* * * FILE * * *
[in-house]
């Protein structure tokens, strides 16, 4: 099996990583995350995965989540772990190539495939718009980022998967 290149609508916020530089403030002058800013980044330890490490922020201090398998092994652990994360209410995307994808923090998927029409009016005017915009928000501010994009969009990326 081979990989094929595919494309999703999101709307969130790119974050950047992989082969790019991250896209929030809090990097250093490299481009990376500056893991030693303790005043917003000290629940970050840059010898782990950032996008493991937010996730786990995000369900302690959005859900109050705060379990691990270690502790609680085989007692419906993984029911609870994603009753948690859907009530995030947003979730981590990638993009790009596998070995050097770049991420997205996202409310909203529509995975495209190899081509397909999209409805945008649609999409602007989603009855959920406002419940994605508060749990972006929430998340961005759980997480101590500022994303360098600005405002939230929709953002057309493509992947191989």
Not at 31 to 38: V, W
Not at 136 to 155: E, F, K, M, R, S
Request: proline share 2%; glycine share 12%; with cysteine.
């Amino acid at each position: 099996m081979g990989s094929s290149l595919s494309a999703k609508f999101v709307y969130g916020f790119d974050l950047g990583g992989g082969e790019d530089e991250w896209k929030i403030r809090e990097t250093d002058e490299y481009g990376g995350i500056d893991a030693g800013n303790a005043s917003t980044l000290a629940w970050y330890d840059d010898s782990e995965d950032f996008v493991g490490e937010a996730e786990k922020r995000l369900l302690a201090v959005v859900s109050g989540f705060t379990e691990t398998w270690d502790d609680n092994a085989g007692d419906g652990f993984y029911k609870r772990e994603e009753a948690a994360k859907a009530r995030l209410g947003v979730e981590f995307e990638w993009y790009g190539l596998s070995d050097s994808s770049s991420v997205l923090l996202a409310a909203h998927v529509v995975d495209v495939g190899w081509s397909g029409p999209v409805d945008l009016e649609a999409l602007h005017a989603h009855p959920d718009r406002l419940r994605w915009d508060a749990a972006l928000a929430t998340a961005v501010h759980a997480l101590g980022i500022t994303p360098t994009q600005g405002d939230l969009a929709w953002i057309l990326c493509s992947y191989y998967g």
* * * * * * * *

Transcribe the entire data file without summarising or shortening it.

[in-house]
């Protein structure tokens, strides 16, 4: 099996990583995350995965989540772990190539495939718009980022998967 290149609508916020530089403030002058800013980044330890490490922020201090398998092994652990994360209410995307994808923090998927029409009016005017915009928000501010994009969009990326 081979990989094929595919494309999703999101709307969130790119974050950047992989082969790019991250896209929030809090990097250093490299481009990376500056893991030693303790005043917003000290629940970050840059010898782990950032996008493991937010996730786990995000369900302690959005859900109050705060379990691990270690502790609680085989007692419906993984029911609870994603009753948690859907009530995030947003979730981590990638993009790009596998070995050097770049991420997205996202409310909203529509995975495209190899081509397909999209409805945008649609999409602007989603009855959920406002419940994605508060749990972006929430998340961005759980997480101590500022994303360098600005405002939230929709953002057309493509992947191989």
Not at 31 to 38: V, W
Not at 136 to 155: E, F, K, M, R, S
Request: proline share 2%; glycine share 12%; with cysteine.
């Amino acid at each position: 099996m081979g990989s094929s290149l595919s494309a999703k609508f999101v709307y969130g916020f790119d974050l950047g990583g992989g082969e790019d530089e991250w896209k929030i403030r809090e990097t250093d002058e490299y481009g990376g995350i500056d893991a030693g800013n303790a005043s917003t980044l000290a629940w970050y330890d840059d010898s782990e995965d950032f996008v493991g490490e937010a996730e786990k922020r995000l369900l302690a201090v959005v859900s109050g989540f705060t379990e691990t398998w270690d502790d609680n092994a085989g007692d419906g652990f993984y029911k609870r772990e994603e009753a948690a994360k859907a009530r995030l209410g947003v979730e981590f995307e990638w993009y790009g190539l596998s070995d050097s994808s770049s991420v997205l923090l996202a409310a909203h998927v529509v995975d495209v495939g190899w081509s397909g029409p999209v409805d945008l009016e649609a999409l602007h005017a989603h009855p959920d718009r406002l419940r994605w915009d508060a749990a972006l928000a929430t998340a961005v501010h759980a997480l101590g980022i500022t994303p360098t994009q600005g405002d939230l969009a929709w953002i057309l990326c493509s992947y191989y998967g």